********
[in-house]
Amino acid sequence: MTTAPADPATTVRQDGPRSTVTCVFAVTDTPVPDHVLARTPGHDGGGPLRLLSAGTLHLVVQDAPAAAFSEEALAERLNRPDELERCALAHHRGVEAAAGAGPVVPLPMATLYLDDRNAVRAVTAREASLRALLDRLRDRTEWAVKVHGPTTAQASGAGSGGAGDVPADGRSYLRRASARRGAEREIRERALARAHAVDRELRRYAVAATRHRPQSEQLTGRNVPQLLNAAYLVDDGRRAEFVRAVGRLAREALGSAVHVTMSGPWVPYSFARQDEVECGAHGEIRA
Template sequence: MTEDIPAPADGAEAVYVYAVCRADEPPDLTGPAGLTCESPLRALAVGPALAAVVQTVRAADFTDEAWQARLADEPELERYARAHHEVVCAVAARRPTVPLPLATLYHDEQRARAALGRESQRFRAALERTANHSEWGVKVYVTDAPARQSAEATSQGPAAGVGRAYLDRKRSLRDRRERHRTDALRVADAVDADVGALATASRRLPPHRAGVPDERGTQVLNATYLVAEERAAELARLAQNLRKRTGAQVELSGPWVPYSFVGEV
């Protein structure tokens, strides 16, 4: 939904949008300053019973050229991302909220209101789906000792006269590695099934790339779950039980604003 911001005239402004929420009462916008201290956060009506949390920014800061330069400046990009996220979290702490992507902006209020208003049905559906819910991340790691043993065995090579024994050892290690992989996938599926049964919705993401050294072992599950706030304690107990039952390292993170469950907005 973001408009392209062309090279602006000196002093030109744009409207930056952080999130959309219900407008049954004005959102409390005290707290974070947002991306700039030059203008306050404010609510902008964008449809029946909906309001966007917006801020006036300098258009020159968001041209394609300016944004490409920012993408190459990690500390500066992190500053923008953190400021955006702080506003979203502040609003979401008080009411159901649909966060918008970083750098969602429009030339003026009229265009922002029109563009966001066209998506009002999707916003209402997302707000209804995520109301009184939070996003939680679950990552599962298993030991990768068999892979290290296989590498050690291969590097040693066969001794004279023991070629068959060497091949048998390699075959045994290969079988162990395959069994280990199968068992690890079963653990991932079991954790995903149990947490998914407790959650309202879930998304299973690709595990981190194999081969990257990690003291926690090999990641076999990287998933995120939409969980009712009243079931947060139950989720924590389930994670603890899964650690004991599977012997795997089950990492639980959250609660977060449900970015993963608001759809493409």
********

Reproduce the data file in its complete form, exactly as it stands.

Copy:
[in-house]
Amino acid sequence: MTTAPADPATTVRQDGPRSTVTCVFAVTDTPVPDHVLARTPGHDGGGPLRLLSAGTLHLVVQDAPAAAFSEEALAERLNRPDELERCALAHHRGVEAAAGAGPVVPLPMATLYLDDRNAVRAVTAREASLRALLDRLRDRTEWAVKVHGPTTAQASGAGSGGAGDVPADGRSYLRRASARRGAEREIRERALARAHAVDRELRRYAVAATRHRPQSEQLTGRNVPQLLNAAYLVDDGRRAEFVRAVGRLAREALGSAVHVTMSGPWVPYSFARQDEVECGAHGEIRA
Template sequence: MTEDIPAPADGAEAVYVYAVCRADEPPDLTGPAGLTCESPLRALAVGPALAAVVQTVRAADFTDEAWQARLADEPELERYARAHHEVVCAVAARRPTVPLPLATLYHDEQRARAALGRESQRFRAALERTANHSEWGVKVYVTDAPARQSAEATSQGPAAGVGRAYLDRKRSLRDRRERHRTDALRVADAVDADVGALATASRRLPPHRAGVPDERGTQVLNATYLVAEERAAELARLAQNLRKRTGAQVELSGPWVPYSFVGEV
């Protein structure tokens, strides 16, 4: 939904949008300053019973050229991302909220209101789906000792006269590695099934790339779950039980604003 911001005239402004929420009462916008201290956060009506949390920014800061330069400046990009996220979290702490992507902006209020208003049905559906819910991340790691043993065995090579024994050892290690992989996938599926049964919705993401050294072992599950706030304690107990039952390292993170469950907005 973001408009392209062309090279602006000196002093030109744009409207930056952080999130959309219900407008049954004005959102409390005290707290974070947002991306700039030059203008306050404010609510902008964008449809029946909906309001966007917006801020006036300098258009020159968001041209394609300016944004490409920012993408190459990690500390500066992190500053923008953190400021955006702080506003979203502040609003979401008080009411159901649909966060918008970083750098969602429009030339003026009229265009922002029109563009966001066209998506009002999707916003209402997302707000209804995520109301009184939070996003939680679950990552599962298993030991990768068999892979290290296989590498050690291969590097040693066969001794004279023991070629068959060497091949048998390699075959045994290969079988162990395959069994280990199968068992690890079963653990991932079991954790995903149990947490998914407790959650309202879930998304299973690709595990981190194999081969990257990690003291926690090999990641076999990287998933995120939409969980009712009243079931947060139950989720924590389930994670603890899964650690004991599977012997795997089950990492639980959250609660977060449900970015993963608001759809493409």